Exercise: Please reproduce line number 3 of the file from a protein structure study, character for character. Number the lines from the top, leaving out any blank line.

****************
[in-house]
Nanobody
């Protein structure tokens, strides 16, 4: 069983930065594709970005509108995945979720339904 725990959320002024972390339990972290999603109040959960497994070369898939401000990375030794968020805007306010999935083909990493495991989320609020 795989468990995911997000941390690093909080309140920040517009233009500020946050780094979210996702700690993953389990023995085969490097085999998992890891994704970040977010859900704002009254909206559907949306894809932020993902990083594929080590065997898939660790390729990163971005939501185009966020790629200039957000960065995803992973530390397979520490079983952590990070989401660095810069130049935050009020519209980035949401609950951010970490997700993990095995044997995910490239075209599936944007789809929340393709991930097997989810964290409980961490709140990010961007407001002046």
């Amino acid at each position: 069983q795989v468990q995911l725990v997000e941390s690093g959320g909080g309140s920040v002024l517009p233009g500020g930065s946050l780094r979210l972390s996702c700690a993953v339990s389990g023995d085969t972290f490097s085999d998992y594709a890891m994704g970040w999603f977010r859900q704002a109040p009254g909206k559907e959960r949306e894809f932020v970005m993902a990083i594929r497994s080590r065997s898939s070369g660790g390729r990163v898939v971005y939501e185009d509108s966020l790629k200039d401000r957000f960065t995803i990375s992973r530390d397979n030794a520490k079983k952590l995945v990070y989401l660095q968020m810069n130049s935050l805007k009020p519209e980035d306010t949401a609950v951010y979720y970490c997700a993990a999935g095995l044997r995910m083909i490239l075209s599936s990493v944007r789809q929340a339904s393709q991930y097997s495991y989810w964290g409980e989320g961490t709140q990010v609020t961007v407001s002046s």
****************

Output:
């Protein structure tokens, strides 16, 4: 069983930065594709970005509108995945979720339904 725990959320002024972390339990972290999603109040959960497994070369898939401000990375030794968020805007306010999935083909990493495991989320609020 795989468990995911997000941390690093909080309140920040517009233009500020946050780094979210996702700690993953389990023995085969490097085999998992890891994704970040977010859900704002009254909206559907949306894809932020993902990083594929080590065997898939660790390729990163971005939501185009966020790629200039957000960065995803992973530390397979520490079983952590990070989401660095810069130049935050009020519209980035949401609950951010970490997700993990095995044997995910490239075209599936944007789809929340393709991930097997989810964290409980961490709140990010961007407001002046």